Power of the Gower
SOUTH Wales is known for its beaches, rugged coastline and watersports – but alongside the country lanes and scenic viewpoints of the Gower Peninsula there are more unusual ways to get wet.
On a sunny, warm Wednesday afternoon I find myself zipped into a wetsuit to try out something I confess I had to Google to find out what it was – coasteering.
Add a helmet, buoyancy vest, shorts and old trainers and I am in the capable hands of Sam and Ceri from Oxwich Watersports in a boat heading out across Oxwich Bay to the cliffs on the western edge.
Once they are towering up high above us, it’s time to get into the water and swim.
It takes me a minute to get used to swimming with shoes on and by that time we’re at the cliff face being told what to do next.
Basically, that is climbing up from the water, timing it so the waves help me up onto the rock face. I get it wrong first time and have to hold on until the next wave comes and gives me some momentum and then suddenly I’m clear of the water.
Next we are shown how to jump in, with arms folded, and get a feel for rock climbing at a low level.
That done, it’s time for more of a climb and we clamber out at another spot and work our way up the rock and out onto a ledge to take it in turns to jump.
This is our first proper jump and I don’t know what to expect but stepping off isn’t too bad and in seemingly the blink of an eye I’m submerged and bobbing back up to the surface.
That safely done, we spend a bit of time in the water exploring the nearby rocks and it’s time for one last jump – and it’s a biggie.
We scramble up onto a flat area – the highest we’ve been so far – and down slightly to a ridge where there is a choice of jump points. I choose one. This feels seriously high and I have to tell myself I will regret it if I back out.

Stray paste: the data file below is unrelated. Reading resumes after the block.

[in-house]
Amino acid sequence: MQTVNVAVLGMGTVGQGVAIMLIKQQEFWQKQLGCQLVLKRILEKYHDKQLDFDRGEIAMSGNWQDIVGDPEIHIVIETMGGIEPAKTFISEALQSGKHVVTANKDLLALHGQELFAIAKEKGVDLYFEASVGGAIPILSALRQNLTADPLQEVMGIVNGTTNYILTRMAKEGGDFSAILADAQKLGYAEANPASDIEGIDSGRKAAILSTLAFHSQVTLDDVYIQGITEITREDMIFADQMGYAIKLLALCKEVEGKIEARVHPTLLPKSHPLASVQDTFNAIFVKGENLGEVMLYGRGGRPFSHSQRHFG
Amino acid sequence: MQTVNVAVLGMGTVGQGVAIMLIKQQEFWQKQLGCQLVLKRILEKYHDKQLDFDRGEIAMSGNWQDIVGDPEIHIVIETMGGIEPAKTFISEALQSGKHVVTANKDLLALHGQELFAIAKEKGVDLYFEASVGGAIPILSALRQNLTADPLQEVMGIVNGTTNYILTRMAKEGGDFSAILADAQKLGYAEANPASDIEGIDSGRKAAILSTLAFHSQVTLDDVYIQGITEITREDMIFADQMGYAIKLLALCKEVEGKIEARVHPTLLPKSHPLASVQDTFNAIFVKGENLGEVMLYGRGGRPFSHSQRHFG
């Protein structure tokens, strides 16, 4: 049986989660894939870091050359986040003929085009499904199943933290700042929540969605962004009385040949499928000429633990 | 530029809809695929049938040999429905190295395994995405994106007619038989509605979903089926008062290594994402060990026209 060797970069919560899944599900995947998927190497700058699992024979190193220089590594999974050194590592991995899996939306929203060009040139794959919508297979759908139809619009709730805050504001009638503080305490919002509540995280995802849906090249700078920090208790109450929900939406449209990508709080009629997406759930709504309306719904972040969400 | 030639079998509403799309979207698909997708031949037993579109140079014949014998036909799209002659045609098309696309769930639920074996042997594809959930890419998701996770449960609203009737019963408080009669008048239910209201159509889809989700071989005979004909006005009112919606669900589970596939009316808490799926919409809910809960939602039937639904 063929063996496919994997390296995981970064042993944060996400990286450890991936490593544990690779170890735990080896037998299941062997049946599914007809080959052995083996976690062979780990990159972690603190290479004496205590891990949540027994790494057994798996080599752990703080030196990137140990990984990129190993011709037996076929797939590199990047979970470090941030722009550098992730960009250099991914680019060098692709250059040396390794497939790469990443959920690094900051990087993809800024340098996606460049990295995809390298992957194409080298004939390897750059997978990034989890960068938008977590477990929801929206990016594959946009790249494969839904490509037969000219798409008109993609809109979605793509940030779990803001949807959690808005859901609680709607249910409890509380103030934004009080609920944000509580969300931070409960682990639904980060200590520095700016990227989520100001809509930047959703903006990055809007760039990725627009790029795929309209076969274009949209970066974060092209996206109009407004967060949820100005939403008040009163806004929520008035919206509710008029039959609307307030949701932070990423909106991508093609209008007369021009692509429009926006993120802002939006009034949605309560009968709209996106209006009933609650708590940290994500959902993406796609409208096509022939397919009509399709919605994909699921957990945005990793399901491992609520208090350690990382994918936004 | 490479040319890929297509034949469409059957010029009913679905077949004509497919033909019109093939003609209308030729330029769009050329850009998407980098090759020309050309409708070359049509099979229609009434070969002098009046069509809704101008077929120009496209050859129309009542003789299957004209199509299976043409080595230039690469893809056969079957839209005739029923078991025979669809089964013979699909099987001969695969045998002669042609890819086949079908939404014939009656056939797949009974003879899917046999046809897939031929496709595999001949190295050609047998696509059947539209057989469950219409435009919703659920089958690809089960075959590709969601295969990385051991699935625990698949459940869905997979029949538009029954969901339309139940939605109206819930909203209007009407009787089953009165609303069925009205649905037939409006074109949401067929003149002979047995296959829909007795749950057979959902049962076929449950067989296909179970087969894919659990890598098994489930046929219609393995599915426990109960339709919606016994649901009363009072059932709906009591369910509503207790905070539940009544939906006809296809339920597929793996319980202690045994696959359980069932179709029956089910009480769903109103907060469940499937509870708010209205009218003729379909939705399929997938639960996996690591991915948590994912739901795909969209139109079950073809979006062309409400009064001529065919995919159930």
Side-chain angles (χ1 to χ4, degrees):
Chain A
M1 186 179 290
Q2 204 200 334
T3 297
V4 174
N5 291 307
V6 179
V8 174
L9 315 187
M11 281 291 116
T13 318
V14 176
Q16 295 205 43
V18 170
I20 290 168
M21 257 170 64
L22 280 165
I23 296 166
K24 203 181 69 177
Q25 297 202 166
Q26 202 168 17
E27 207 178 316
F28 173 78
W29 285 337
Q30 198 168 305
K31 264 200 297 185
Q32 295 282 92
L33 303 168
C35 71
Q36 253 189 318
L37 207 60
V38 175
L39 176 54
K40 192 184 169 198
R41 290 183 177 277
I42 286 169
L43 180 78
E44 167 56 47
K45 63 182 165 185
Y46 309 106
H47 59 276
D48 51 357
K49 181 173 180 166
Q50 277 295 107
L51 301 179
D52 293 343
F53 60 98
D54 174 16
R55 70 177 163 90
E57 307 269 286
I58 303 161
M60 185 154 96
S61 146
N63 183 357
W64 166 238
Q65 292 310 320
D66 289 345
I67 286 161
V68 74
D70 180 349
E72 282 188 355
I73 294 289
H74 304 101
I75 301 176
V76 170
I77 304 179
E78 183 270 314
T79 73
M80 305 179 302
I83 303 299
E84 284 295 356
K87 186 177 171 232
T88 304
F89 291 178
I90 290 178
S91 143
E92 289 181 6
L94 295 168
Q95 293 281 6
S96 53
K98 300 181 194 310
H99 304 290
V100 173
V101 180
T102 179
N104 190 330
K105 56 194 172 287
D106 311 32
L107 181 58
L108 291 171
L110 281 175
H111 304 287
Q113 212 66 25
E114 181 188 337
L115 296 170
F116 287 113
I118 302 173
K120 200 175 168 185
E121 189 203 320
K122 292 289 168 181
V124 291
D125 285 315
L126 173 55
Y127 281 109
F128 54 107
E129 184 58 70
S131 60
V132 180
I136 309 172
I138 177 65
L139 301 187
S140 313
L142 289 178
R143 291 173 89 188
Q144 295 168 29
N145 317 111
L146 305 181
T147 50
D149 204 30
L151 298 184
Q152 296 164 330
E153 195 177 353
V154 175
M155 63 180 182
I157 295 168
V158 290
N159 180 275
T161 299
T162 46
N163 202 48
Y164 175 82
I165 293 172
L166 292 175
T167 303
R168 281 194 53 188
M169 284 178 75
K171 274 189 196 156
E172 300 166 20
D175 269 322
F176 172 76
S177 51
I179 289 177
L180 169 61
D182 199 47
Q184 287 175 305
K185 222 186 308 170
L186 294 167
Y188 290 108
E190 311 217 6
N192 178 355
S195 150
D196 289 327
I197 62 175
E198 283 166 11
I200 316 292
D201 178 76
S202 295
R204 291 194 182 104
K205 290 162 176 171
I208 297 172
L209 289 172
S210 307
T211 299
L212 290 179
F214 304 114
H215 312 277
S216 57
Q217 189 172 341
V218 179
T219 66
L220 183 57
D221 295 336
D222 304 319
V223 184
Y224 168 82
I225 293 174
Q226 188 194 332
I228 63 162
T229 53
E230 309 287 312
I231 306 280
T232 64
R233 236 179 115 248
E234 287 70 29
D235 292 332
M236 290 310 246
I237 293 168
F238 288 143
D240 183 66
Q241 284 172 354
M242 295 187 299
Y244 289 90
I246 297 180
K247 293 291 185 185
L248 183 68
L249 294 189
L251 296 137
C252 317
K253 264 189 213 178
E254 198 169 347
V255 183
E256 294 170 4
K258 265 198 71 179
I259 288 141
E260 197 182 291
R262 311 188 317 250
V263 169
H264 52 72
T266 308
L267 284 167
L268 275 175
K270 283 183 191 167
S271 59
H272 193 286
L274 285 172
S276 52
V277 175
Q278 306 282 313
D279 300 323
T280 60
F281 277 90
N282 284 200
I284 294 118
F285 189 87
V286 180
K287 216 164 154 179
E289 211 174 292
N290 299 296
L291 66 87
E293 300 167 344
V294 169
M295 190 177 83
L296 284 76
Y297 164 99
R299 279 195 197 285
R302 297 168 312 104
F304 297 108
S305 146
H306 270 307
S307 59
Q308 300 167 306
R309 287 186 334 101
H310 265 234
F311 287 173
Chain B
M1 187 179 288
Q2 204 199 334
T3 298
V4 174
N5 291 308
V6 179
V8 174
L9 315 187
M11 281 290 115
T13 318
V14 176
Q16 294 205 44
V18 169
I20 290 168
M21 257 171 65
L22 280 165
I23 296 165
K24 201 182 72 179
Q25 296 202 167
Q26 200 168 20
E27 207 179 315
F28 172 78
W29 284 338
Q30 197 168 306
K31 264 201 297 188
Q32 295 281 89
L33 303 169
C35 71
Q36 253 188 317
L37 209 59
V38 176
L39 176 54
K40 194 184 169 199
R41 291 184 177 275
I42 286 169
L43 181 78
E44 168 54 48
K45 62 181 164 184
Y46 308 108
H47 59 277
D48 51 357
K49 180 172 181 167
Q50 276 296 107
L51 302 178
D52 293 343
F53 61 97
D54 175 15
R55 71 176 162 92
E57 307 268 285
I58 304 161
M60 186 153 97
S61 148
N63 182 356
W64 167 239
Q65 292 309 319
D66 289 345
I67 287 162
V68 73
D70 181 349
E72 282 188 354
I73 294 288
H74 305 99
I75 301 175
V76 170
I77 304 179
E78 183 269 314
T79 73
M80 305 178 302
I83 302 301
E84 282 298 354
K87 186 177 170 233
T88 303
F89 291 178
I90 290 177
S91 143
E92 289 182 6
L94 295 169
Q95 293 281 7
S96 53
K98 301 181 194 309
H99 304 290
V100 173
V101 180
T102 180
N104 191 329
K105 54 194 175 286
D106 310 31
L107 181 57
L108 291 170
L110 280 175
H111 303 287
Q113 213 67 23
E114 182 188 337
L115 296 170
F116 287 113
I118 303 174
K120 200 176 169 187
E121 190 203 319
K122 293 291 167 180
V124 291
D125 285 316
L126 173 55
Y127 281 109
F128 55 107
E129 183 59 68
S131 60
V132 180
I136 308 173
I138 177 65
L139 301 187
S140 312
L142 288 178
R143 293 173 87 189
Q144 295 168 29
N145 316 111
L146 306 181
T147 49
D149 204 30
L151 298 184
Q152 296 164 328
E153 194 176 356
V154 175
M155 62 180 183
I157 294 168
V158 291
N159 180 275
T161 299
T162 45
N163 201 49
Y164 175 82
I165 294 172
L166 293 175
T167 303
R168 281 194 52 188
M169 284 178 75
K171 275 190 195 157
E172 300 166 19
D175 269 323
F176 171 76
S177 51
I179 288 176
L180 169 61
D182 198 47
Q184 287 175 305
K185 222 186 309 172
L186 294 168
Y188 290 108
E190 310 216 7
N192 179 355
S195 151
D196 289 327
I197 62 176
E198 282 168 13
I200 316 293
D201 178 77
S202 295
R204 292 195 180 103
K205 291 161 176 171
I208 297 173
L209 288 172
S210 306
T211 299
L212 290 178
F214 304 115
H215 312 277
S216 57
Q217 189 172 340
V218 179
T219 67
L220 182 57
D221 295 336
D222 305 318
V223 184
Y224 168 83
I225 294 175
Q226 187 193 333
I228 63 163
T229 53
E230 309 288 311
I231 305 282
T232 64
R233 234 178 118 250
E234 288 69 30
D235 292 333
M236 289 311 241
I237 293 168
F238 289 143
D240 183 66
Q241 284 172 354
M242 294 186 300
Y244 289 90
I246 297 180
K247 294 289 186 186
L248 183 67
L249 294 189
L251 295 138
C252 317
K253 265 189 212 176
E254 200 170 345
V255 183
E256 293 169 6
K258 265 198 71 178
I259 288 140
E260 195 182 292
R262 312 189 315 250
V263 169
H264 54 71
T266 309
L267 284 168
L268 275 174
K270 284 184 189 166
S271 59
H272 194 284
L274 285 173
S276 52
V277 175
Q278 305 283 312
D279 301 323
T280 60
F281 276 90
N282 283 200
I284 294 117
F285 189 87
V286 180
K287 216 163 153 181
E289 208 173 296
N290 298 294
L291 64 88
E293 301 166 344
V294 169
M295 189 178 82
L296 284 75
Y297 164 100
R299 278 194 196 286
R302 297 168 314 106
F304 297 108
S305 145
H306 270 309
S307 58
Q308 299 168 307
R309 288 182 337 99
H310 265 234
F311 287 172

Instead of looking down, I stare straight ahead and it takes me a few moments to work myself up to jumping off.
In mid air and waiting for the impact, it felt like forever and it was a relief to hit the surface and feel the rush of water around my face.
Then it was all over apart from a short swim to the waiting boat for the ride back to the beach.
If you think about the basics of coasteering – climbing up cliffs and throwing yourself off – it sounds, well, crazy. But actually it’s strangely rather fun.
The next day I was getting wet again, this time to take part in an even more unusual pastime – coracling.
I had heard of the primitive circular boats but never thought I would set foot in one.
When the task said ‘river walk’ I did at first think we might be walking alongside it – but no.
Another day, another wetsuit, and a meeting with bearded and friendly Barney from social enterprise Down To Earth.
From Gower Heritage Centre, he took us a short distance through woodland to the river, which flows lazily down to the sea at Three Cliffs Bay and provides a totally different environment to the exertions and adrenaline rush of coasteering.